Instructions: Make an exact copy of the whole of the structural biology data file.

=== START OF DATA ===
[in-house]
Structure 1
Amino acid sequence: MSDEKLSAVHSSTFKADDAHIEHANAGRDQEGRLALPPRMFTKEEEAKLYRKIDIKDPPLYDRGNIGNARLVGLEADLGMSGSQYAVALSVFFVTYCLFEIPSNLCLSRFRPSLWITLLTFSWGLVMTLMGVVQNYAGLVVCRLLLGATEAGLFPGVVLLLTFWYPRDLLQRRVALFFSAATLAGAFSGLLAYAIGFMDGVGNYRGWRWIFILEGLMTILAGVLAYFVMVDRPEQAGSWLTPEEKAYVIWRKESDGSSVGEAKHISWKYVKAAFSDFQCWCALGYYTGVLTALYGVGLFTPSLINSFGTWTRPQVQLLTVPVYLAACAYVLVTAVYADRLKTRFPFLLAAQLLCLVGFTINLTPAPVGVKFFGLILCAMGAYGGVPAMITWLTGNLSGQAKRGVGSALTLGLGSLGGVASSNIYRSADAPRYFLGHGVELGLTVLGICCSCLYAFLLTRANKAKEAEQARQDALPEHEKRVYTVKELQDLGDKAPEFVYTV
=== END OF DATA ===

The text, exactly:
[in-house]
Structure 1
Amino acid sequence: MSDEKLSAVHSSTFKADDAHIEHANAGRDQEGRLALPPRMFTKEEEAKLYRKIDIKDPPLYDRGNIGNARLVGLEADLGMSGSQYAVALSVFFVTYCLFEIPSNLCLSRFRPSLWITLLTFSWGLVMTLMGVVQNYAGLVVCRLLLGATEAGLFPGVVLLLTFWYPRDLLQRRVALFFSAATLAGAFSGLLAYAIGFMDGVGNYRGWRWIFILEGLMTILAGVLAYFVMVDRPEQAGSWLTPEEKAYVIWRKESDGSSVGEAKHISWKYVKAAFSDFQCWCALGYYTGVLTALYGVGLFTPSLINSFGTWTRPQVQLLTVPVYLAACAYVLVTAVYADRLKTRFPFLLAAQLLCLVGFTINLTPAPVGVKFFGLILCAMGAYGGVPAMITWLTGNLSGQAKRGVGSALTLGLGSLGGVASSNIYRSADAPRYFLGHGVELGLTVLGICCSCLYAFLLTRANKAKEAEQARQDALPEHEKRVYTVKELQDLGDKAPEFVYTV